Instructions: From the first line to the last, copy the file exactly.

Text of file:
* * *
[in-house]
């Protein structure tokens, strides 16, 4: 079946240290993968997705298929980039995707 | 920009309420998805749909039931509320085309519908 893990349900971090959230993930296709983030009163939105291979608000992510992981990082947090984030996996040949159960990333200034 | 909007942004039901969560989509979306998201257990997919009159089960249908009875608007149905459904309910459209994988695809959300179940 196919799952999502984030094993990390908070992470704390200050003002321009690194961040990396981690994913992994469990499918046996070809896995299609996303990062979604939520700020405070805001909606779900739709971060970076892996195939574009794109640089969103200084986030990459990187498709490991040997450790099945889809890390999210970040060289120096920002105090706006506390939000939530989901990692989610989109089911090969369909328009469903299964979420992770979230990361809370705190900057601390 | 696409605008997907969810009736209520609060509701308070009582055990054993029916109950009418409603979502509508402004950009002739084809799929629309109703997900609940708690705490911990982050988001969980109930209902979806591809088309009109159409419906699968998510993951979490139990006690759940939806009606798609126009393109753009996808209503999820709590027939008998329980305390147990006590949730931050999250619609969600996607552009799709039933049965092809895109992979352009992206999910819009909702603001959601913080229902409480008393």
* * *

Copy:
[in-house]
């Protein structure tokens, strides 16, 4: 079946240290993968997705298929980039995707 | 920009309420998805749909039931509320085309519908 893990349900971090959230993930296709983030009163939105291979608000992510992981990082947090984030996996040949159960990333200034 | 909007942004039901969560989509979306998201257990997919009159089960249908009875608007149905459904309910459209994988695809959300179940 196919799952999502984030094993990390908070992470704390200050003002321009690194961040990396981690994913992994469990499918046996070809896995299609996303990062979604939520700020405070805001909606779900739709971060970076892996195939574009794109640089969103200084986030990459990187498709490991040997450790099945889809890390999210970040060289120096920002105090706006506390939000939530989901990692989610989109089911090969369909328009469903299964979420992770979230990361809370705190900057601390 | 696409605008997907969810009736209520609060509701308070009582055990054993029916109950009418409603979502509508402004950009002739084809799929629309109703997900609940708690705490911990982050988001969980109930209902979806591809088309009109159409419906699968998510993951979490139990006690759940939806009606798609126009393109753009996808209503999820709590027939008998329980305390147990006590949730931050999250619609969600996607552009799709039933049965092809895109992979352009992206999910819009909702603001959601913080229902409480008393």